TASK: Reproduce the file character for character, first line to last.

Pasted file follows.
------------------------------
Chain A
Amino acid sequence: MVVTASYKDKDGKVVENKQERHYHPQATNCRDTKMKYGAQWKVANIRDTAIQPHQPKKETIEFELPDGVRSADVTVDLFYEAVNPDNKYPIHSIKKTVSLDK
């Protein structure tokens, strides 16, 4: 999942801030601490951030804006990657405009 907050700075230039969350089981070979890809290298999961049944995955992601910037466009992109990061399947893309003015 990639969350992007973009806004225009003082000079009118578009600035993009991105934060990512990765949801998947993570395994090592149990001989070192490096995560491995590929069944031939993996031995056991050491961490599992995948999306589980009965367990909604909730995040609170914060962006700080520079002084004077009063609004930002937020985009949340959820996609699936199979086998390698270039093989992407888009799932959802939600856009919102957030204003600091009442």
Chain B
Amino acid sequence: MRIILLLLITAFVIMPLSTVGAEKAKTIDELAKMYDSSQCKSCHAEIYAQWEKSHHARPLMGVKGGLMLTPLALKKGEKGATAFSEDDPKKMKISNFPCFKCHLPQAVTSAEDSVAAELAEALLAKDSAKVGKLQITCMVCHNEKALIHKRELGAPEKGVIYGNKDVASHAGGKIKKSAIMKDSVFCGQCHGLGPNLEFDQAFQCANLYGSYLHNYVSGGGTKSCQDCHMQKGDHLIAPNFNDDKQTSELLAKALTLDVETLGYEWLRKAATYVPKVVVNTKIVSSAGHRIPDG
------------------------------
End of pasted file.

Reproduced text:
Chain A
Amino acid sequence: MVVTASYKDKDGKVVENKQERHYHPQATNCRDTKMKYGAQWKVANIRDTAIQPHQPKKETIEFELPDGVRSADVTVDLFYEAVNPDNKYPIHSIKKTVSLDK
């Protein structure tokens, strides 16, 4: 999942801030601490951030804006990657405009 907050700075230039969350089981070979890809290298999961049944995955992601910037466009992109990061399947893309003015 990639969350992007973009806004225009003082000079009118578009600035993009991105934060990512990765949801998947993570395994090592149990001989070192490096995560491995590929069944031939993996031995056991050491961490599992995948999306589980009965367990909604909730995040609170914060962006700080520079002084004077009063609004930002937020985009949340959820996609699936199979086998390698270039093989992407888009799932959802939600856009919102957030204003600091009442």
Chain B
Amino acid sequence: MRIILLLLITAFVIMPLSTVGAEKAKTIDELAKMYDSSQCKSCHAEIYAQWEKSHHARPLMGVKGGLMLTPLALKKGEKGATAFSEDDPKKMKISNFPCFKCHLPQAVTSAEDSVAAELAEALLAKDSAKVGKLQITCMVCHNEKALIHKRELGAPEKGVIYGNKDVASHAGGKIKKSAIMKDSVFCGQCHGLGPNLEFDQAFQCANLYGSYLHNYVSGGGTKSCQDCHMQKGDHLIAPNFNDDKQTSELLAKALTLDVETLGYEWLRKAATYVPKVVVNTKIVSSAGHRIPDG